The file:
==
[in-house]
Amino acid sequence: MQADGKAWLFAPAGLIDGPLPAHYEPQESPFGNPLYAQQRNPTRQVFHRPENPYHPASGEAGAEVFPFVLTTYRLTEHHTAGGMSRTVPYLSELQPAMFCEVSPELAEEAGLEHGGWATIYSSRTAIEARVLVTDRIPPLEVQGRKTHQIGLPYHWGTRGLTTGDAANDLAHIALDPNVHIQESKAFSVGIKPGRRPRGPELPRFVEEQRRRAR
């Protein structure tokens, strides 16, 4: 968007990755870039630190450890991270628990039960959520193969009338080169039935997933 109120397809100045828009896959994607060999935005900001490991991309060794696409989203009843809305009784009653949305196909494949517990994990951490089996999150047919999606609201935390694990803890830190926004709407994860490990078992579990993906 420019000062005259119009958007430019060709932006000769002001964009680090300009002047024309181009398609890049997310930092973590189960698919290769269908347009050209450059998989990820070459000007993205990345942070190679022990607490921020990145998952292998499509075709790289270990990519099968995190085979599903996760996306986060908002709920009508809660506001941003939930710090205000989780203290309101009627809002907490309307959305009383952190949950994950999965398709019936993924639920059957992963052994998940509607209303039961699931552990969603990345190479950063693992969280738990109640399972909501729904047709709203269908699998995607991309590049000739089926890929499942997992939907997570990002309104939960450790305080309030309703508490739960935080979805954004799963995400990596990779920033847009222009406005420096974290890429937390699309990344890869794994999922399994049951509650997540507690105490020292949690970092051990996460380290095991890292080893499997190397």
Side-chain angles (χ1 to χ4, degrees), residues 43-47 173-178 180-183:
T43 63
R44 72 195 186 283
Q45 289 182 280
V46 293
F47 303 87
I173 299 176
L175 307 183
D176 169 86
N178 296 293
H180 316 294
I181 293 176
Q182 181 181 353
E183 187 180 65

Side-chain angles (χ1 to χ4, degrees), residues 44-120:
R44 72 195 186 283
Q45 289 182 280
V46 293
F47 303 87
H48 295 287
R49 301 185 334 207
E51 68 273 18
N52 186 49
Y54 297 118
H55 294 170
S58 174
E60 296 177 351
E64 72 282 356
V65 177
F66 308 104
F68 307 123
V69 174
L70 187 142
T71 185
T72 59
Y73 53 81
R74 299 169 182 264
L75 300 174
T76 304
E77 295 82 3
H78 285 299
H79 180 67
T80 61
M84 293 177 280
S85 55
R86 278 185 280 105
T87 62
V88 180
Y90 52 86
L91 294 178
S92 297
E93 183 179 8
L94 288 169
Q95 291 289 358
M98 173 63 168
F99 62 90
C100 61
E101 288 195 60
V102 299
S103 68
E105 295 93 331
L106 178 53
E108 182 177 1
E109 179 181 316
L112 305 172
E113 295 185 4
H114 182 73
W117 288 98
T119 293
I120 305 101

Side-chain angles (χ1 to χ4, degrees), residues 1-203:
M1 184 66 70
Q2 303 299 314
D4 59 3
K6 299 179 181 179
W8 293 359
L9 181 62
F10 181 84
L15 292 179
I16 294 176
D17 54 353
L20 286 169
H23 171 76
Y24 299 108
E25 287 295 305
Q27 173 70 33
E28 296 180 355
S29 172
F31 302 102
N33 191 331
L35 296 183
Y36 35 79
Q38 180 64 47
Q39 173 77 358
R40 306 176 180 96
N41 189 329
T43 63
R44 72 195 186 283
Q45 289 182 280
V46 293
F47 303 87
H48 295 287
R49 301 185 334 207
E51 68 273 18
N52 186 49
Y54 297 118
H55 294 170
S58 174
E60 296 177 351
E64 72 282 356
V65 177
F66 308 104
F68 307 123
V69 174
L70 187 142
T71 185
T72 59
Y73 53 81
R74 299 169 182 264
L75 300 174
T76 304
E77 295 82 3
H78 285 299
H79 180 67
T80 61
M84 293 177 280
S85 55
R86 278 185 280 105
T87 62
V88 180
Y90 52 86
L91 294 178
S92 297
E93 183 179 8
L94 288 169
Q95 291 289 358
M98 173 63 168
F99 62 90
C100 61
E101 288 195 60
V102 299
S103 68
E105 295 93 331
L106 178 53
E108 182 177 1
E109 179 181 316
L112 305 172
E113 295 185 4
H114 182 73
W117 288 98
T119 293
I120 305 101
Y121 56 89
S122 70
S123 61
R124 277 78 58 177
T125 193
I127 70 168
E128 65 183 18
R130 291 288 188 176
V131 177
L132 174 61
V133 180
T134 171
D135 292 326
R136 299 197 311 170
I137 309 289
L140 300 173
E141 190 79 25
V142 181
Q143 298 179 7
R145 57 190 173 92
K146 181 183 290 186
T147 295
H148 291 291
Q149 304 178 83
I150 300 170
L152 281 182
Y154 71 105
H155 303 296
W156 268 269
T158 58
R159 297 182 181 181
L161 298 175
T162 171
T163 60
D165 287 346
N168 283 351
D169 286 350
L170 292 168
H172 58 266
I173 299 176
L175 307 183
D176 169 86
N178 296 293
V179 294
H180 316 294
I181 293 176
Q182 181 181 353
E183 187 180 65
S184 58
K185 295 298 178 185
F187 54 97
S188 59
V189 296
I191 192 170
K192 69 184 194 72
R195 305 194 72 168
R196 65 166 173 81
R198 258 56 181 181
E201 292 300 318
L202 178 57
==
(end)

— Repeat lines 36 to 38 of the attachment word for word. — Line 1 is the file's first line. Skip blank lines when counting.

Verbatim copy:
L70 187 142
T71 185
T72 59